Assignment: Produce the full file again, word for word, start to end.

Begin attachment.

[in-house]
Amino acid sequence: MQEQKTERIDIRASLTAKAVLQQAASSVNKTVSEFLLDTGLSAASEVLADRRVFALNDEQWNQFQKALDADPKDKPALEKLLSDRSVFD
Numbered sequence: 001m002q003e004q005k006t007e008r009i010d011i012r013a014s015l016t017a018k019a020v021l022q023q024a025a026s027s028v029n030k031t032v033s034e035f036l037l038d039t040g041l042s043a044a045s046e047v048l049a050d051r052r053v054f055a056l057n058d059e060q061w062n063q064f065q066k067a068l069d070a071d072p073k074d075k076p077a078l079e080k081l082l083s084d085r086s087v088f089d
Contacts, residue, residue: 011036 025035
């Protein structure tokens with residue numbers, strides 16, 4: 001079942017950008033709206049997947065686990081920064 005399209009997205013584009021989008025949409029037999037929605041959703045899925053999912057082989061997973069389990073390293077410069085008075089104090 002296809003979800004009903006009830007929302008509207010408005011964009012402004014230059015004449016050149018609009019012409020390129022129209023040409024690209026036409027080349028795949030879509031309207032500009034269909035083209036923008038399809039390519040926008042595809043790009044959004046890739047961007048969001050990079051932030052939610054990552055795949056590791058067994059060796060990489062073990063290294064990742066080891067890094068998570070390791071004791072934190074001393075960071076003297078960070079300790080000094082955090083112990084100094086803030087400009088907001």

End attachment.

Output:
[in-house]
Amino acid sequence: MQEQKTERIDIRASLTAKAVLQQAASSVNKTVSEFLLDTGLSAASEVLADRRVFALNDEQWNQFQKALDADPKDKPALEKLLSDRSVFD
Numbered sequence: 001m002q003e004q005k006t007e008r009i010d011i012r013a014s015l016t017a018k019a020v021l022q023q024a025a026s027s028v029n030k031t032v033s034e035f036l037l038d039t040g041l042s043a044a045s046e047v048l049a050d051r052r053v054f055a056l057n058d059e060q061w062n063q064f065q066k067a068l069d070a071d072p073k074d075k076p077a078l079e080k081l082l083s084d085r086s087v088f089d
Contacts, residue, residue: 011036 025035
């Protein structure tokens with residue numbers, strides 16, 4: 001079942017950008033709206049997947065686990081920064 005399209009997205013584009021989008025949409029037999037929605041959703045899925053999912057082989061997973069389990073390293077410069085008075089104090 002296809003979800004009903006009830007929302008509207010408005011964009012402004014230059015004449016050149018609009019012409020390129022129209023040409024690209026036409027080349028795949030879509031309207032500009034269909035083209036923008038399809039390519040926008042595809043790009044959004046890739047961007048969001050990079051932030052939610054990552055795949056590791058067994059060796060990489062073990063290294064990742066080891067890094068998570070390791071004791072934190074001393075960071076003297078960070079300790080000094082955090083112990084100094086803030087400009088907001």